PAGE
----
On April 3, 2016, Amtrak investigators inspect the deadly train crash in Chester
Says Federal investigators at the U.S National Transportation Safety Board (NTSB)
PHILADELPHIA (AP) — Federal investigators said Tuesday they found major lapses in how Amtrak deals with safety, including more than two dozen hazardous conditions at the work zone near Philadelphia where a train slammed into a maintenance backhoe last year and killed two workers.
Chief among them, investigators said, were a foreman’s failure to make sure dispatchers were still rerouting trains from the area under repair near Philadelphia and the crew’s failure to use a device that would have automatically blocked trains from accessing those tracks.
“Had any of these issues been addressed, the accident may have been prevented,” National Transportation Safety Board investigator Joe Gordon said at a public meeting on the crash at the agency’s Washington headquarters.
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The April 2016 crash killed backhoe operator Joseph Carter Jr. and supervisor Peter Adamovich. About 40 passengers on the New York to Savannah, Georgia, train were injured.
Amtrak workers told investigators that the government-owned railroad emphasized on-time performance over safety, yet plastered employee lounges with big, red signs reminding them to “think safety” and threatened to fire workers who broke certain rules.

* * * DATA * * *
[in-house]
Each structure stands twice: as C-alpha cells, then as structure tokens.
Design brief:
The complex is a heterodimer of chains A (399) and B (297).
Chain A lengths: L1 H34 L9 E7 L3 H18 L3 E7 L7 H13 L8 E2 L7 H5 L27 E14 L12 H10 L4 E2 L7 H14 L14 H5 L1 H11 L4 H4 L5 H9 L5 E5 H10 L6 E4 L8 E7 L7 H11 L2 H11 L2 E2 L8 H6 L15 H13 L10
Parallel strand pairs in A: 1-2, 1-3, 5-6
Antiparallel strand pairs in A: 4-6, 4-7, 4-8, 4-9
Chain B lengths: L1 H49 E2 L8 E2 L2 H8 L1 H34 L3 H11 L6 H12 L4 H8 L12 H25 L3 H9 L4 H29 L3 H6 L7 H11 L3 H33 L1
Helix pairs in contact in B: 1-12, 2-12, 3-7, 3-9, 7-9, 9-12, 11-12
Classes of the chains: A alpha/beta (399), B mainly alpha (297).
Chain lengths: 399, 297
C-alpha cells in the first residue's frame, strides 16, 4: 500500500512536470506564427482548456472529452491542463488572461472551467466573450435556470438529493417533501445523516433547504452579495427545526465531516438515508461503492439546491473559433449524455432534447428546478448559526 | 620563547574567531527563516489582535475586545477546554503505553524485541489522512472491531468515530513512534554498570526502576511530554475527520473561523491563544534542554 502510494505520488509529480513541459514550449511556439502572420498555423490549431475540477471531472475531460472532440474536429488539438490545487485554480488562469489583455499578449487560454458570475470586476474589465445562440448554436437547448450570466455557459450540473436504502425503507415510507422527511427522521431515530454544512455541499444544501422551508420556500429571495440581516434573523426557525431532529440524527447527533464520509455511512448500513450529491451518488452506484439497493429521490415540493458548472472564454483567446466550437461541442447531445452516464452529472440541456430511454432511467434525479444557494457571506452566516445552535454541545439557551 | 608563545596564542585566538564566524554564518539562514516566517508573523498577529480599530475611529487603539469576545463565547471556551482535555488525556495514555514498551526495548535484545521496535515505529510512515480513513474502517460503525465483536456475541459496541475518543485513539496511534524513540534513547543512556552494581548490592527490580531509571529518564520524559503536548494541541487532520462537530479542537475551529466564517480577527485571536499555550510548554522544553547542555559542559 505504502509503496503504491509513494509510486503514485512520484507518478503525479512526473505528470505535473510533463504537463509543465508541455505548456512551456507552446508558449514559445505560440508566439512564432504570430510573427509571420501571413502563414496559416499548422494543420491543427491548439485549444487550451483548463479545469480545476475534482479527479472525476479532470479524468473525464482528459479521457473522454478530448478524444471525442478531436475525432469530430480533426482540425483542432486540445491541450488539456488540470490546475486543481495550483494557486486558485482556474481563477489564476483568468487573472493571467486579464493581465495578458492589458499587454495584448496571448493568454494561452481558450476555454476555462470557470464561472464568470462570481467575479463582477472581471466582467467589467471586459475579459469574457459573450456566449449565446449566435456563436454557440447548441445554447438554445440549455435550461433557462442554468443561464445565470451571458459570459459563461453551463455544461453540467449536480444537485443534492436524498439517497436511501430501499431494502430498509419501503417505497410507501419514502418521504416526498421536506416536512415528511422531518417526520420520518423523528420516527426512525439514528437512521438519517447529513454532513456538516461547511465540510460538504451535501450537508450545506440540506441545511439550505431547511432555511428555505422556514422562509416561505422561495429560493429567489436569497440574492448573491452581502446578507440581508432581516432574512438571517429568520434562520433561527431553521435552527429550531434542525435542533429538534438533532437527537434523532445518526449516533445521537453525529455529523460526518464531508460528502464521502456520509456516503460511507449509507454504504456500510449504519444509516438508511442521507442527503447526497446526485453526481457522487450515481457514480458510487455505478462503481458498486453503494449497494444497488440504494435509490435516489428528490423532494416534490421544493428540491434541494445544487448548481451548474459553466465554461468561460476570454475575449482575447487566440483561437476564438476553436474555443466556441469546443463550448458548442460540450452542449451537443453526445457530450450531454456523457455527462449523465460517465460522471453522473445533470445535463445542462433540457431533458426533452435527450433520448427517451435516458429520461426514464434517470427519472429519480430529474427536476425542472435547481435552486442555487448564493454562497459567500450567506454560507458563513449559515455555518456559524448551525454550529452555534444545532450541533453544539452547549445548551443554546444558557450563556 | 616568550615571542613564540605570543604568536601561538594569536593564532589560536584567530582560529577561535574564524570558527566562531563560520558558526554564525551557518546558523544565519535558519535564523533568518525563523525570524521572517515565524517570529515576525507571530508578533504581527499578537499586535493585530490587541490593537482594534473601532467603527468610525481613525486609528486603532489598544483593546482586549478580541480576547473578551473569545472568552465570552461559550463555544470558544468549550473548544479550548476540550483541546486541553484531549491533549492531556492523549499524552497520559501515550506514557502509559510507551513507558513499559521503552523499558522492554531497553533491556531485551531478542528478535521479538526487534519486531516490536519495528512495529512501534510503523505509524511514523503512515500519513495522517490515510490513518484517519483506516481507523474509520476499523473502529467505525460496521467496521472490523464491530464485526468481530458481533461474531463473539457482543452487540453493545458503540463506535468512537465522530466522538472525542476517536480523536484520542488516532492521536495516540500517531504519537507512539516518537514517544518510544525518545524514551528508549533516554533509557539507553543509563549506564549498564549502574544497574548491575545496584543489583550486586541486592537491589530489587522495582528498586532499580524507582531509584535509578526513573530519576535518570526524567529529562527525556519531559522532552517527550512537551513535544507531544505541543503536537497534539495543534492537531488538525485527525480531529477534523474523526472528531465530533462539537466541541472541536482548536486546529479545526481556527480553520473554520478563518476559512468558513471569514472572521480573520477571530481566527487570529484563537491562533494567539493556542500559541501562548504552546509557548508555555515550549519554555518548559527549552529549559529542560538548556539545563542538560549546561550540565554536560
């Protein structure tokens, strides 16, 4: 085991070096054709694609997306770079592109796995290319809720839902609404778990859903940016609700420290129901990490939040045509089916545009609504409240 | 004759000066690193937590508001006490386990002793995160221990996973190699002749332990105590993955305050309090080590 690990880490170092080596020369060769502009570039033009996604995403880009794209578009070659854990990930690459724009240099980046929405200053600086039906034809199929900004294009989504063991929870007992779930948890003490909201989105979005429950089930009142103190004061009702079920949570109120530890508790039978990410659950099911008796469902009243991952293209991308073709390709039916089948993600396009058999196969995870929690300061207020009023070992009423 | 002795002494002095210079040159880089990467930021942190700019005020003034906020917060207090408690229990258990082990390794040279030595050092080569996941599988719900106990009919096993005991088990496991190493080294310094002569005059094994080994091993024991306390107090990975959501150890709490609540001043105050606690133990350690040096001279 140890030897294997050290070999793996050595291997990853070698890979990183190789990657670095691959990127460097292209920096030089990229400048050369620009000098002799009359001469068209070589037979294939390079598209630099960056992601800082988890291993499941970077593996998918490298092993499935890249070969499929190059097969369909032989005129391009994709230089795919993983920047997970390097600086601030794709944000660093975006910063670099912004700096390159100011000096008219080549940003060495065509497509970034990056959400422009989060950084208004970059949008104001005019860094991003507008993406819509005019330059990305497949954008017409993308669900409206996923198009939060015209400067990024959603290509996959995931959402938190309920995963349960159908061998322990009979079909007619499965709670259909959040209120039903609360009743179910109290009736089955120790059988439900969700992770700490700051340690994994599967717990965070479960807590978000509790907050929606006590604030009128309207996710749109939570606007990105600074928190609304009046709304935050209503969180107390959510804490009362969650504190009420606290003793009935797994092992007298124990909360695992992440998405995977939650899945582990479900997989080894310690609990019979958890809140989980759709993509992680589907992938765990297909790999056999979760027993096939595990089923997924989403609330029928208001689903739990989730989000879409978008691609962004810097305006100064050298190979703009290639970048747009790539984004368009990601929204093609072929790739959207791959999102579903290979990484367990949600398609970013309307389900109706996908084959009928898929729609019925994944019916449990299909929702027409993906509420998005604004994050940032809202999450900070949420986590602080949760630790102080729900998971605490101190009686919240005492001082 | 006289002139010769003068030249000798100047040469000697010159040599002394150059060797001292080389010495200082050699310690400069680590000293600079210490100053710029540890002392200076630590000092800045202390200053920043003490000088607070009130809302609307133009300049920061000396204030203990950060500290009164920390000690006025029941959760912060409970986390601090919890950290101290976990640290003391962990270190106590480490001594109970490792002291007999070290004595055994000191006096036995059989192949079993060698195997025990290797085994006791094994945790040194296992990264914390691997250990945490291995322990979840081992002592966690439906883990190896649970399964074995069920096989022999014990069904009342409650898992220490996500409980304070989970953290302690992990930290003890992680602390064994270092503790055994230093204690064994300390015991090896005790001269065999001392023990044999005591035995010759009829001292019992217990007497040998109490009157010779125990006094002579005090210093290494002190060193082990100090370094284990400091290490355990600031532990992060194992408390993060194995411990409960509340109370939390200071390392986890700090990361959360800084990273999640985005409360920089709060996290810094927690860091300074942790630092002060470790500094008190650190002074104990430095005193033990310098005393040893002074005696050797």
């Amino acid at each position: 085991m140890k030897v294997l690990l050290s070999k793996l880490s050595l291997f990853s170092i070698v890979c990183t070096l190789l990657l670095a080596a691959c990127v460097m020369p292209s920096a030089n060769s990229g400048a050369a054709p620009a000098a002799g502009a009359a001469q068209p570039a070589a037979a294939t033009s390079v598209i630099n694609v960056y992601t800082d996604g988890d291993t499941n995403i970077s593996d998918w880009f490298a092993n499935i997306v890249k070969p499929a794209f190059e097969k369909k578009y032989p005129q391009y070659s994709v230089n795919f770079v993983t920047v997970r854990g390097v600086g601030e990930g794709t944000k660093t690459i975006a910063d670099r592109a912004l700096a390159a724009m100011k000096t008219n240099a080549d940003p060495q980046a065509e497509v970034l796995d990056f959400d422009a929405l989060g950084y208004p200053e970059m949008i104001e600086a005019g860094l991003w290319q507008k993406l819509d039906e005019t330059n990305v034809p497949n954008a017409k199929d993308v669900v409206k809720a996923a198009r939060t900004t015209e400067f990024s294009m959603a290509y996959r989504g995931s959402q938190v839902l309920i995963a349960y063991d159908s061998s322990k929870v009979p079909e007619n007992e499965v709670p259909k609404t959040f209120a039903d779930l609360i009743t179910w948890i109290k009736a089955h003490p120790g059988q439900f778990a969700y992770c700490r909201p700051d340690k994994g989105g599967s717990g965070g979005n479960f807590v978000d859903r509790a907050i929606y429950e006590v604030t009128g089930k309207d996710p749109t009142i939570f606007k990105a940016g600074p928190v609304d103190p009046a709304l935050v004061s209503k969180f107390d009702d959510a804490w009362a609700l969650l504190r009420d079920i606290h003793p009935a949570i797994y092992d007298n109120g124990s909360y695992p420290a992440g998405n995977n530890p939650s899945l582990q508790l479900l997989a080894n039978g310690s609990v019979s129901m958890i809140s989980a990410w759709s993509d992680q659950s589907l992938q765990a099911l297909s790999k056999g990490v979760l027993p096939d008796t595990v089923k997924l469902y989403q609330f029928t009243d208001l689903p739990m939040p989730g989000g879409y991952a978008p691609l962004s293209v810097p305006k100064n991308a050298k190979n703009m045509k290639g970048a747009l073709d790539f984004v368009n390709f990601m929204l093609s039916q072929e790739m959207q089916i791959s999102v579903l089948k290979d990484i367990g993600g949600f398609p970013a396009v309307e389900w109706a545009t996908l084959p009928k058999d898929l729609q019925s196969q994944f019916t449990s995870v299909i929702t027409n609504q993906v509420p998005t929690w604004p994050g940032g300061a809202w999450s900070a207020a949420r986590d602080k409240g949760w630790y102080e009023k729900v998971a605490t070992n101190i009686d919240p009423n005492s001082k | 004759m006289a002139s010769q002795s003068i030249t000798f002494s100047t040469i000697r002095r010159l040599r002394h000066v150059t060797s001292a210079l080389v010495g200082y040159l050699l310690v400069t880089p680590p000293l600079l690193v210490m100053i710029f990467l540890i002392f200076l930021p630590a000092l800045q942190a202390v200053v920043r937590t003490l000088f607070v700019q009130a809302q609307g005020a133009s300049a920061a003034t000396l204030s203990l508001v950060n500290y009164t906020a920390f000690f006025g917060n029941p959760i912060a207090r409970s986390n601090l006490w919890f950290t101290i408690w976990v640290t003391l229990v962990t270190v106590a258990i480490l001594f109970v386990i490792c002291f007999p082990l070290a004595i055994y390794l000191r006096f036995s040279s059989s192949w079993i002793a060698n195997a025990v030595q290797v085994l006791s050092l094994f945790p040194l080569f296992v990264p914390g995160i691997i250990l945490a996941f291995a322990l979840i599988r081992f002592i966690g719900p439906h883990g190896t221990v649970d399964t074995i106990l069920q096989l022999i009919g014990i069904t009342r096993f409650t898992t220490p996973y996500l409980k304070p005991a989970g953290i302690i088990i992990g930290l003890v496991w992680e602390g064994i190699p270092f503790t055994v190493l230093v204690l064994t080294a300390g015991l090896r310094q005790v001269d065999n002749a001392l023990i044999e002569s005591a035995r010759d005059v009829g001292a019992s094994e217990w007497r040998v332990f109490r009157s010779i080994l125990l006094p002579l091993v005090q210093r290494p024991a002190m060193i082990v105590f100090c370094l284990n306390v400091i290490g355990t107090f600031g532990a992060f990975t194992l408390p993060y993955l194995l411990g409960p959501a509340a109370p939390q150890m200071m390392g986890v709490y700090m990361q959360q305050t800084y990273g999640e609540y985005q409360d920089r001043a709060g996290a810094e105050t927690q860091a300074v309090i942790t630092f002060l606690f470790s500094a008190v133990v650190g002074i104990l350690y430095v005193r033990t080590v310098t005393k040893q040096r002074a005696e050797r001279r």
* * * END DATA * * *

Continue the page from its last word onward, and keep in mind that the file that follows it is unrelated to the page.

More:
NTSB chairman Robert Sumwalt said Amtrak’s grab bag of priorities created a culture of fear and non-compliance where bending the rules seemed acceptable to “get the job done.”
“Amtrak’s lack of a strong safety culture is at the heart of this accident,” investigator Mike Hoepf said.
Amtrak’s co-chief executive officers, Richard Anderson and Charles “Wick” Moorman sent a letter to employees Tuesday updating them on steps the railroad has taken to transform its safety culture since the crash.
They include hiring a new head of safety, compliance and training, issuing alerts and advisories to remind workers of rules and an improved worker-protection training program.
“Our customers expect us to operate safely and our jobs and lives depend on it,” the co-CEOs wrote. “We can and will do better. Our pledge to you is that we will do everything possible to help move us forward.”
Carter’s family is suing Amtrak for negligence. Their lawyer, Tom Kline, said they can only hope his death “will result in wholesale changes” in safety at Amtrak.
Toxicology reports showed that Carter, 61, had cocaine in his system, Adamovich, 59, tested positive for morphine, codeine and oxycodone and the train’s engineer, Alexander Hunter, 47, tested positive for marijuana.
Only Hunter, as a train crew member, would have been subject to random drug testing at the time of the crash. In June, federal regulators expanded the testing program to include track maintenance workers. On Monday, the Federal Railroad Administration issued a rule mandating testing for opioids beginning Jan. 1.
Hunter is no longer employed by Amtrak. No amount of marijuana use by an engineer is acceptable, the railroad has said.
He told investigators that he knew of maintenance work being done in the area but was not given any warnings about equipment being on the same track as his train.
Hunter blew the train’s horn and hit the brakes once he saw equipment on an adjacent track and then on his own track. Investigators say that was about 12 seconds before impact.
The train slowed from 106 mph to 100 mph at impact and only came to a complete stop about a mile down the track. The lead engine of the train derailed.